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The Aligned CIO

In the transformation of IT, we throw around what is now getting to be trite IT jargon … “The CIO must be aligned to the business.”  But what does this really mean?  In English?

 In English, alignment means that IT resources are optimized to meet the mission’s demand for new and existing technology. But in a Forrester IT Excellence survey of 162 senior IT executives, only 15% declared themselves to be fully aligned. So, if alignment is so important, why are only 15% of folks in this survey there?  It’s no wonder CIO stands for “Career is Over.” 

 I’m beginning to think that “alignment” is essentially not so much a place to actually “be,” but a place to “try” to be.  With apologies to my favorite Muppet, Yoda, who implores young Skywalker: “Try not. Do or do not. There is no try.”

I believe the effectiveness of an aligned CIO is in the “try.”  So, assuming that alignment is this mythological place that is approached asymptotically, how does the aligned CIO “try?” Year ago, when I was Deputy CIO at the Bureau of Alcohol, Tobacco, and Firearms, the first thing I wanted to do was shoot a gun.  Never shot a gun before, though I wondered if it was a skill that might come in handy for a CIO.  After I got that thrill out of the way, I decided that I would stick with organoleptic testing of fermented beverages and “try” a different way.

There are three components to the “try:” effective governance, relationships with the mission folks, and requisite leadership competencies.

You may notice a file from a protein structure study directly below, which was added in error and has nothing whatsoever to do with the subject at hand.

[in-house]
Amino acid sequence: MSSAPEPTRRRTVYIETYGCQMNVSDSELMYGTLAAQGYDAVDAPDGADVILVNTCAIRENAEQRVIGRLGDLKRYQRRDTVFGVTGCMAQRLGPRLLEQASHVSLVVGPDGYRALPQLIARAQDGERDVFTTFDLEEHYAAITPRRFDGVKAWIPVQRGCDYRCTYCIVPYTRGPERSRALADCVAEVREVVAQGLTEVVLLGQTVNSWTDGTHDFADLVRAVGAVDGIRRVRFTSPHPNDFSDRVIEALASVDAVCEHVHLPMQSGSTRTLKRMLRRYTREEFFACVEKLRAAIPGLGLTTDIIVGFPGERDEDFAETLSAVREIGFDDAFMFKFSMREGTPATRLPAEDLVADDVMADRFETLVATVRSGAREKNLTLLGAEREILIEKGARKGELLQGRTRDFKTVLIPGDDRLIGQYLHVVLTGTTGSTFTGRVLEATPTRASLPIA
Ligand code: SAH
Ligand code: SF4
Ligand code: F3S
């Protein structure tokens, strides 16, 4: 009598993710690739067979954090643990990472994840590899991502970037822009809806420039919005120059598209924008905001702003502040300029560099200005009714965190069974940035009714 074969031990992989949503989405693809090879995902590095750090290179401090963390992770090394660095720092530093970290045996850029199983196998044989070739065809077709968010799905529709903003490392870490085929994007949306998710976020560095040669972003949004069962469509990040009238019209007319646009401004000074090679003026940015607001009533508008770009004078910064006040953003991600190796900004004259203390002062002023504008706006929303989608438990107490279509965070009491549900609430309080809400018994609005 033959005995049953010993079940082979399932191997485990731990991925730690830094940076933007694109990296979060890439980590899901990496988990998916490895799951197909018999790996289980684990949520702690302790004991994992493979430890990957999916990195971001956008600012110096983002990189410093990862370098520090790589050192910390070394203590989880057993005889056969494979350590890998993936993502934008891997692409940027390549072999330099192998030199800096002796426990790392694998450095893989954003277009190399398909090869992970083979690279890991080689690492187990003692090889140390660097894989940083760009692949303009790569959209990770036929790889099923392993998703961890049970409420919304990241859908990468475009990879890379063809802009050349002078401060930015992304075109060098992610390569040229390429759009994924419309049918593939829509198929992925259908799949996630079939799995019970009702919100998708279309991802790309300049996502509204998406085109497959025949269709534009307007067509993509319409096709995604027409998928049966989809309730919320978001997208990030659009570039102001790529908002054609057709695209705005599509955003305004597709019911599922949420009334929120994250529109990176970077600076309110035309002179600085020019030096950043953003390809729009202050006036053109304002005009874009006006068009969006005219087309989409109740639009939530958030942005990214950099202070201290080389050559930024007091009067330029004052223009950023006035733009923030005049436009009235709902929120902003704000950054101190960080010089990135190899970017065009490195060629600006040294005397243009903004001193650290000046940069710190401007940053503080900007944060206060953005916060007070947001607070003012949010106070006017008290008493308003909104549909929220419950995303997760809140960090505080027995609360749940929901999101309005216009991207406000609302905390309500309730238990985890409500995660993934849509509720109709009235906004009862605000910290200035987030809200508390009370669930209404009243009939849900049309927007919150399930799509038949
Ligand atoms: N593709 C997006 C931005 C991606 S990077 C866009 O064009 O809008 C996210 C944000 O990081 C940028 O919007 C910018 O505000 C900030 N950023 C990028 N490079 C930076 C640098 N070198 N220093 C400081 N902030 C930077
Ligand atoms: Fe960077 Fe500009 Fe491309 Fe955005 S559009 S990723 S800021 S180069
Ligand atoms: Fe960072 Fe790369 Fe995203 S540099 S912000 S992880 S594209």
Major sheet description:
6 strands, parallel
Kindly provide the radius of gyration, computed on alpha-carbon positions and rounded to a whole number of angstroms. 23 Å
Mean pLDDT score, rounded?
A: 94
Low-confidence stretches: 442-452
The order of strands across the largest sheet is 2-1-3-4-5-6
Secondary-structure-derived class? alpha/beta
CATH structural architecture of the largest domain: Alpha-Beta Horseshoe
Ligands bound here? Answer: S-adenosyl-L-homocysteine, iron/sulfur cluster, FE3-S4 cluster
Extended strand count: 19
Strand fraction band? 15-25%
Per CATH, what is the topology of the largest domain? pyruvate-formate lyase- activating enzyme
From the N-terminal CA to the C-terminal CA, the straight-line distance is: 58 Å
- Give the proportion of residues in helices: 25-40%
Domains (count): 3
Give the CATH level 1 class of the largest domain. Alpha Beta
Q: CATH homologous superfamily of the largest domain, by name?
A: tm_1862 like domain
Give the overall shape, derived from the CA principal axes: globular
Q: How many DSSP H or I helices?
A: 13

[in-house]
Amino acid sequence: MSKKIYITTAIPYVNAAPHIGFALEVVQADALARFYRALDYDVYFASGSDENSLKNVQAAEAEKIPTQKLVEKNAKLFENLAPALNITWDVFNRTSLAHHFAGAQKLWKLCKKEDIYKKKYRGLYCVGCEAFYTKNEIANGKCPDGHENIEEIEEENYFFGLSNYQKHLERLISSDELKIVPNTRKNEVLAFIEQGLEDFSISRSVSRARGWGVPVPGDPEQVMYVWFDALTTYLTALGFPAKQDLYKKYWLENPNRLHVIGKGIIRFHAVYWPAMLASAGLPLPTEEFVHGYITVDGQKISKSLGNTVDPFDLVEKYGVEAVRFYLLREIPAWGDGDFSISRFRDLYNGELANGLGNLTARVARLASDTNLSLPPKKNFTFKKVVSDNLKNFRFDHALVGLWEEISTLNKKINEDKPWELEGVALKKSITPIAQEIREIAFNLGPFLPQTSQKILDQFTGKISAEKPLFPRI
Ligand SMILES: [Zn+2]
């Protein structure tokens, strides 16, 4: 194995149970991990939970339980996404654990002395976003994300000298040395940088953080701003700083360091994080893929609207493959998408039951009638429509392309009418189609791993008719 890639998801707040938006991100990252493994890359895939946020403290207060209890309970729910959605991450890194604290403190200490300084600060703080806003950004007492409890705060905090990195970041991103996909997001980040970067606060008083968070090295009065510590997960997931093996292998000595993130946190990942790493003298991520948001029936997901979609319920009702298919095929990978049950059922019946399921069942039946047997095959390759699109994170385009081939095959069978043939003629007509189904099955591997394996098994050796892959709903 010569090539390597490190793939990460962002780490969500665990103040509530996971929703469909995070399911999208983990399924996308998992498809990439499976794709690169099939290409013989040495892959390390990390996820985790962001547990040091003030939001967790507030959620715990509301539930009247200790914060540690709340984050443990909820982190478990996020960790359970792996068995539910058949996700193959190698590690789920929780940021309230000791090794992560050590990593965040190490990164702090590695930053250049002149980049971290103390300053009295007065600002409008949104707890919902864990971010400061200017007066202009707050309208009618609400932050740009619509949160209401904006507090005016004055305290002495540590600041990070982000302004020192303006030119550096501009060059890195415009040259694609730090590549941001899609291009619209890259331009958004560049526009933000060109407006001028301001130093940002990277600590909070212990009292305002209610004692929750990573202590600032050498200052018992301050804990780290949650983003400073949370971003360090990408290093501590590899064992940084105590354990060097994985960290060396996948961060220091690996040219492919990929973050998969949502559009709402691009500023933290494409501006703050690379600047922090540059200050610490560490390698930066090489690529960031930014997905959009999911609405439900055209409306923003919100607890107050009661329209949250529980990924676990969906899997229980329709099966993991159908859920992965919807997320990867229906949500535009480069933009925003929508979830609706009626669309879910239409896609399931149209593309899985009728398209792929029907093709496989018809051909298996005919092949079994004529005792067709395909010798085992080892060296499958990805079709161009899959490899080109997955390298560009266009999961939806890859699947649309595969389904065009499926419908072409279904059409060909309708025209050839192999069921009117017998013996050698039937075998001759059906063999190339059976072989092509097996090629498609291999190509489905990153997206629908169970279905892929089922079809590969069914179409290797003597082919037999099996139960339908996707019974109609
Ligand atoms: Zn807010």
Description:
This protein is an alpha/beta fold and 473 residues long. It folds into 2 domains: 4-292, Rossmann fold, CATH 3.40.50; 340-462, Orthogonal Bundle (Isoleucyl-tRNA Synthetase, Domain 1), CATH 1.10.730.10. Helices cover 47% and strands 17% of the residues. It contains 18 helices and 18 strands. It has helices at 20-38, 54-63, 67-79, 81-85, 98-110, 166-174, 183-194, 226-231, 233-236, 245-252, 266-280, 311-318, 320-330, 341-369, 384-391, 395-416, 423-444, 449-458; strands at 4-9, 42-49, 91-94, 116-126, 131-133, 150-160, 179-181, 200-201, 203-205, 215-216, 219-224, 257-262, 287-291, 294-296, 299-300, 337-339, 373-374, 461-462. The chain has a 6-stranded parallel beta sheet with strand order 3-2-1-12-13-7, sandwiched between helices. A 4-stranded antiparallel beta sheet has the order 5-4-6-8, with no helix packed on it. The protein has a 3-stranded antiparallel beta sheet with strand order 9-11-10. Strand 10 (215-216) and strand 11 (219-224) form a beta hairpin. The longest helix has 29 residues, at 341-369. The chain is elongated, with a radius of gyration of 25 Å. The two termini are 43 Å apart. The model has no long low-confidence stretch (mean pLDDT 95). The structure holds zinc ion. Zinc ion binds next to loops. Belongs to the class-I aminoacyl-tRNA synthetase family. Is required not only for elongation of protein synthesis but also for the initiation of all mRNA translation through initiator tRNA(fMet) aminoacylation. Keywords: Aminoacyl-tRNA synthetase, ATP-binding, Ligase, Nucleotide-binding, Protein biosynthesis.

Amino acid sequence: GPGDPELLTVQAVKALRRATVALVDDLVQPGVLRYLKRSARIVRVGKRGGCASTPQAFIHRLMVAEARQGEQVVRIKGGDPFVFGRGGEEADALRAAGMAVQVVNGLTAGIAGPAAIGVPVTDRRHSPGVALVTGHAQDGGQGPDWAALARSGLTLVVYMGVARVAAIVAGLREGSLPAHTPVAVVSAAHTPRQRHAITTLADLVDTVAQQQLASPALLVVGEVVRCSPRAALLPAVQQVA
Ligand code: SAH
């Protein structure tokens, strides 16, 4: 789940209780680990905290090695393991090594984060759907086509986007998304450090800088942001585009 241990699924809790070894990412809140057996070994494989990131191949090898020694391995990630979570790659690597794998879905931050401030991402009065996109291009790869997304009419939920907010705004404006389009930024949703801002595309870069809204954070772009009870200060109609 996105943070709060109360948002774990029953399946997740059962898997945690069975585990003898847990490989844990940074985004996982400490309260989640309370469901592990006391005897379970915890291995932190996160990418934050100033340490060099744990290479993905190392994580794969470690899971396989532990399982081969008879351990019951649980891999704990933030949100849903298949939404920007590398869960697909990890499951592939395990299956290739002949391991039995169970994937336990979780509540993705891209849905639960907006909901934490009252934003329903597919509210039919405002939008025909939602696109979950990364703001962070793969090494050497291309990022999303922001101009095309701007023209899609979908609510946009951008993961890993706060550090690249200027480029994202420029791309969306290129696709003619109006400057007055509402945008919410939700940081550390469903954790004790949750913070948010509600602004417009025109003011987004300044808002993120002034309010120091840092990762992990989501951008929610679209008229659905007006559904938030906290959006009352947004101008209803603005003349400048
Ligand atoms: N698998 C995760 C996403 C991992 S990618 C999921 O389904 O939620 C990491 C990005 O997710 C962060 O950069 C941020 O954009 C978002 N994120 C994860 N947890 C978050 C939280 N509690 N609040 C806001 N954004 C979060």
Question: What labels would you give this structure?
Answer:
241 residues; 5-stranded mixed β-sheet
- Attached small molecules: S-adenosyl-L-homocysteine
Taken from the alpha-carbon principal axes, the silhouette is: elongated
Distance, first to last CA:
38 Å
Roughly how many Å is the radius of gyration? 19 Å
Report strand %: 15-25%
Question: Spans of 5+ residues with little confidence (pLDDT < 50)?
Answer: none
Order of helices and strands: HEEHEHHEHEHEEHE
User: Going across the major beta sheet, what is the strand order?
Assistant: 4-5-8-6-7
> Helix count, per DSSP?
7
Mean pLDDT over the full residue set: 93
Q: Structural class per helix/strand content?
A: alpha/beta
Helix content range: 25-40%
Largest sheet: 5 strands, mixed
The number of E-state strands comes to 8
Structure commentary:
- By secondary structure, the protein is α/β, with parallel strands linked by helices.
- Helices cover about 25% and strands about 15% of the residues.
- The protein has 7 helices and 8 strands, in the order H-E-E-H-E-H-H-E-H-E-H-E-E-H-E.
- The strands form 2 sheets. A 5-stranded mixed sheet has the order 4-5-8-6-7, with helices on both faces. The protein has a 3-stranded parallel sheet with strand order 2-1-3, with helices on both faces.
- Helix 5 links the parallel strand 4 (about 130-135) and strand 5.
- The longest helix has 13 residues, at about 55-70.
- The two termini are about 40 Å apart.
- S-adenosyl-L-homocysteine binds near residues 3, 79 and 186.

Effective governance: How do you make decisions about technology? How do you allocate scarce resources? What are the priorities? What information do you need to make good decisions? Who has decision rights? These are multilateral decisions about IT that ensure IT meets mission needs.

 Relationships with mission executives:  Many times, being a CIO change agent is a tough gig, and no CIO should expect to win popularity contests.  An effective relationship requires understanding their pain; understanding their priorities; understanding what IT needs to do for them, and understanding the possibilities of what IT can do.

 Leadership: Yoda may have had good CIO advice when he encouraged Young Skywalker to use The Force. For the CIO, this Force is leadership. This includes strong people skills, to manage an IT workforce; communication skills – to listen and speak; courage to do the right thing; and I suppose, a light saber for technology leadership.

Thus, as a CIO, one must realize that to be aligned, one must agree with the company’s mission, support their goals, and understand their organization’s direction.


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